After kicking their heels for a couple of months, Switzerland’s footballers are back in action on Sunday as the Super League restarts after the winter break.This content was published on February 12, 2004 - 19:16
With unbeaten Basel holding a 14-point lead, attention is expected to focus on the relegation battle and those teams fighting for financial survival.
Having dropped only two points out of a possible 54 since the start of their campaign, there seems little doubt that Basel will be crowned champions come the end of May.
Already eliminated from the Uefa Cup and the Swiss Cup, coach Christian Gross’s players can devote all their energy to winning a tenth championship title.
The mid-season break saw two of the club’s stars - Swiss internationals Marco Streller and Hakan Yakin - join the German club, VfB Stuttgart.
But with a strong squad and an annual budget of SFr30 million ($24 million), Basel are not short on firepower and are still hungry for success.
“We want to win the title without losing a single match,” said skipper Murat Yakin, Hakan’s older brother.
Basel take on Bern’s Young Boys in their opening match before facing old rivals - and last season’s champions - Grasshoppers Zurich, who endured a miserable start to the season, culminating in the departure of coach Marcel Koller.
Grasshoppers, currently languishing in seventh place, have been reinforced by Ricardo Cabanas, who returns after a short spell at French first division side Guingamp.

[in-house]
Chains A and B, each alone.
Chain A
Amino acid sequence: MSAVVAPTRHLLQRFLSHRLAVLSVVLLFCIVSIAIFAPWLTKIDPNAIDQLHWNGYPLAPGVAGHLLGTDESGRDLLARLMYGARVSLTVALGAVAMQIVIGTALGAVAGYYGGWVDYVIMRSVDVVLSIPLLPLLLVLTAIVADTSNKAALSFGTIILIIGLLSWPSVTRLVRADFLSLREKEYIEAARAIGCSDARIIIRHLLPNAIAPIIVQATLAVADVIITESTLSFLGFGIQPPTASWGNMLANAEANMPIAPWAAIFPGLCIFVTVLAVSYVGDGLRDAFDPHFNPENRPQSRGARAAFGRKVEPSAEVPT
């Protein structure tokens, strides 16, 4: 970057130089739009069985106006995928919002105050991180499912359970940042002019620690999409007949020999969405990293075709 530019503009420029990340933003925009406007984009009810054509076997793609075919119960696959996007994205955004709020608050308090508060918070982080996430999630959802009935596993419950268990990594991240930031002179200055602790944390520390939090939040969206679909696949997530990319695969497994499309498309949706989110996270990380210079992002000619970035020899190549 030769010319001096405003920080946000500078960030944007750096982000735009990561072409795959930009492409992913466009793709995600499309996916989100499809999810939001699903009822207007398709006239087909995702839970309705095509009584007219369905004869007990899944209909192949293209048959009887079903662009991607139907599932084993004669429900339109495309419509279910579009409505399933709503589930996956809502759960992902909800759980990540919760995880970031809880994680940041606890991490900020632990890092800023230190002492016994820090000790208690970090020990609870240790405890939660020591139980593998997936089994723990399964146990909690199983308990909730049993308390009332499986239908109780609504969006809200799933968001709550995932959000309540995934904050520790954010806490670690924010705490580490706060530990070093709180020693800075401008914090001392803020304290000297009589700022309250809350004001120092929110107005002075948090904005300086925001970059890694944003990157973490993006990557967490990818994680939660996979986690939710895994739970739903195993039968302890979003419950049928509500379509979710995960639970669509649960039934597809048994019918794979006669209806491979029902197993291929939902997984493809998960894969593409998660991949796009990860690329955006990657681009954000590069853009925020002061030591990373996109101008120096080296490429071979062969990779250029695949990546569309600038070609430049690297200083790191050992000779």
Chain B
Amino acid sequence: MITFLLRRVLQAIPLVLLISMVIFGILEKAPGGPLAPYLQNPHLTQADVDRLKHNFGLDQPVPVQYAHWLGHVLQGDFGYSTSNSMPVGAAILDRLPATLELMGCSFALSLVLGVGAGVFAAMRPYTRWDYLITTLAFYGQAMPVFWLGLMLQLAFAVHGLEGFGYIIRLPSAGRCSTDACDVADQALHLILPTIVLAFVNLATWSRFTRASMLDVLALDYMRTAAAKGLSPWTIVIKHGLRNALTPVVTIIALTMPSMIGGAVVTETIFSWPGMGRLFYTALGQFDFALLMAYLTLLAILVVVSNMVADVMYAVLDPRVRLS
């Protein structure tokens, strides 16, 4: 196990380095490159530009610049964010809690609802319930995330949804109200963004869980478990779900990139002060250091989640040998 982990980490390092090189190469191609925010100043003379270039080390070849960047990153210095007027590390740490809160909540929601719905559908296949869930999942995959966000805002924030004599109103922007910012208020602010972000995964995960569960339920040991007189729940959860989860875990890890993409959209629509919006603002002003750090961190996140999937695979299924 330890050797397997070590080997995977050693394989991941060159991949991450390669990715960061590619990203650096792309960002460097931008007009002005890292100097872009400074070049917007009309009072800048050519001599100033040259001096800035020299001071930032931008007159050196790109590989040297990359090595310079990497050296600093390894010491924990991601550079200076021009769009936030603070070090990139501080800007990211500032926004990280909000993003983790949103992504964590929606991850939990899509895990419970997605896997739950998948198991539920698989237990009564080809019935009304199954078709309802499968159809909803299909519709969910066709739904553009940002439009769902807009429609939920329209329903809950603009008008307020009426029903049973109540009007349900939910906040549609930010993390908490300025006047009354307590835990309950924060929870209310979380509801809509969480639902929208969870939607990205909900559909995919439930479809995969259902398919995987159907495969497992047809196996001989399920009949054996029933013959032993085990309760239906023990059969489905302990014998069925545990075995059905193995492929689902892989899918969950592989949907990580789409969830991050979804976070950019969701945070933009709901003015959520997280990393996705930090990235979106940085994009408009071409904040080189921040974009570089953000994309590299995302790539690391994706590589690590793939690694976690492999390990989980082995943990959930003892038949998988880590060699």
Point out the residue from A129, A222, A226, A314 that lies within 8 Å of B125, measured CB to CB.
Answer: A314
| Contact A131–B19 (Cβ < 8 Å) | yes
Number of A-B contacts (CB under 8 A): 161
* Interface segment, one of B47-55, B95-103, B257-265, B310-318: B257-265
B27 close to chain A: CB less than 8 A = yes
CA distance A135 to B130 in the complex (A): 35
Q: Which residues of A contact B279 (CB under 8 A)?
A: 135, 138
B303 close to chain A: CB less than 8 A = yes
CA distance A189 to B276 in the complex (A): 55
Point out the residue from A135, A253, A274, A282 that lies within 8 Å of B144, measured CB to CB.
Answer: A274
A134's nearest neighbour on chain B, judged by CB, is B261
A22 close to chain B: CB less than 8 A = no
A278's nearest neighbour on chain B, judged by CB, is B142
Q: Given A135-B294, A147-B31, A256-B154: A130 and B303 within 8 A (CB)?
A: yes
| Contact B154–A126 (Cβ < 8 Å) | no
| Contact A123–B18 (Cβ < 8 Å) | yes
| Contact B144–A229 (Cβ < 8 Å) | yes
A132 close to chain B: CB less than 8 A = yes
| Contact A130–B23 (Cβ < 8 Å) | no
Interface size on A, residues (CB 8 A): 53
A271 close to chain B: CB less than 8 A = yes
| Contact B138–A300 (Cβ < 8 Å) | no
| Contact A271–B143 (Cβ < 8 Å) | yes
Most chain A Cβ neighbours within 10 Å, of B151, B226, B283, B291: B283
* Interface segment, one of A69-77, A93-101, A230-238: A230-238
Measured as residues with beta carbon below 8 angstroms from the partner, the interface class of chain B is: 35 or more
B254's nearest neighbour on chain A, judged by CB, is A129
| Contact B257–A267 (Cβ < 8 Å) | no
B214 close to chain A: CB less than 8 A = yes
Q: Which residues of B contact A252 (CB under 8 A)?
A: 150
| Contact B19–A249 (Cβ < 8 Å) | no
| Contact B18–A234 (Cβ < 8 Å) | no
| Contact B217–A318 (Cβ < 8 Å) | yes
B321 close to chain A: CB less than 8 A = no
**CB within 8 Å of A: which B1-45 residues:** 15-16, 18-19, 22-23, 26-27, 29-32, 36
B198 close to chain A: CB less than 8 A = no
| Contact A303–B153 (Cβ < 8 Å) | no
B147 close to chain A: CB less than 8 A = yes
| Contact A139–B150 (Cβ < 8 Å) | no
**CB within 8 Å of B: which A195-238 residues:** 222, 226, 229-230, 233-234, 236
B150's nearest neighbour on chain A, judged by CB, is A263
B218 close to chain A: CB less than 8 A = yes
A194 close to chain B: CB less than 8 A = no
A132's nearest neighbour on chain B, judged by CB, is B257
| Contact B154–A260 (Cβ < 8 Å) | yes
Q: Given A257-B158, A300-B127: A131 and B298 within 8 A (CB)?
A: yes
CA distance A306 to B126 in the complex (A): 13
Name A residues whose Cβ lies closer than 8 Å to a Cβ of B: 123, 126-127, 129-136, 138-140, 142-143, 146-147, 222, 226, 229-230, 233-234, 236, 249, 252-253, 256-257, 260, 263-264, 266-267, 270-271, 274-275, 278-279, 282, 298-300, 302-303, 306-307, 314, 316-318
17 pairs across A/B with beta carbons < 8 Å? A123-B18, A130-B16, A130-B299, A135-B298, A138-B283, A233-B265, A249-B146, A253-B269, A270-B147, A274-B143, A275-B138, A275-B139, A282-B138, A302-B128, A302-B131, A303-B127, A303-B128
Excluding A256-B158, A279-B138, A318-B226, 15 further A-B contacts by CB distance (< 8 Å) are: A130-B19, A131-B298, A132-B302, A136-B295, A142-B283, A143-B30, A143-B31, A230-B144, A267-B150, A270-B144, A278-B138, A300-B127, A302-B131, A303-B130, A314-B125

At the top of the table, it appears to be a two-horse race between Young Boys (2nd) and Servette Geneva (3rd) for the final, lucrative Champions League spot – assuming Basel qualify as Swiss champions.
The Geneva club could certainly do with the cash: it reportedly has debts of around SFr11 million.
The situation is so dire that the cantonal government had to step in with a SFr40,000 donation to cover Sunday’s match fee.
Potential English and Ukrainian investors have been sniffing around the club during the mid-season break but no one seems prepared to swallow the club’s debt.
The Servette faithful are now pinning their hopes on a Russian oil company bailing them out and ensuring that the newly-developed Stade de Genève sees regular football.
The situation is also pretty desperate both on and off the field at FC Wil, a small club in northeastern Switzerland. Wil are an estimated SFr5 million in debt and are flirting with relegation.
The club recently received a donation of SFr150,000 from their Ukrainian investors – led by former European footballer of the year, Igor Belanov – but last week Wil’s main sponsors pulled out.
Nicholas Light, deputy licensing manager at the Swiss Football Association, admits that both Servette and Wil face an uncertain financial future.
“Of course we can offer our moral support but if the clubs are short of the money to run their business, then we have little option but to take away their professional licence,” he said.
Last year both Lausanne-Sports and FC Lugano went bankrupt and the clubs were subsequently dissolved.
Ironically, Swiss clubs are feeling the pinch at a time when the national team is enjoying a golden period.
Switzerland’s seniors have qualified for the finals of Euro 2004 in Portugal, while the under-21 team knocked out holders the Czech Republic to make it to the European finals in Germany in May.
Switzerland is also co-hosting the 2008 European Championships with Austria.
swissinfo with agencies
The Super League kicked off on July 16 and is due to end on May 22.
Switzerland’s top division was trimmed down this season from 12 clubs to ten.
The bottom club will automatically be relegated.
The major mid-season transfers were:
Hakan Yakin: Basel to VfB Stuttgart
Marco Streller: Basel to VfB Stuttgart
Ricardo Cabanas: Guingamp to Grasshoppers
Hilton: Servette to Bastia (on loan)
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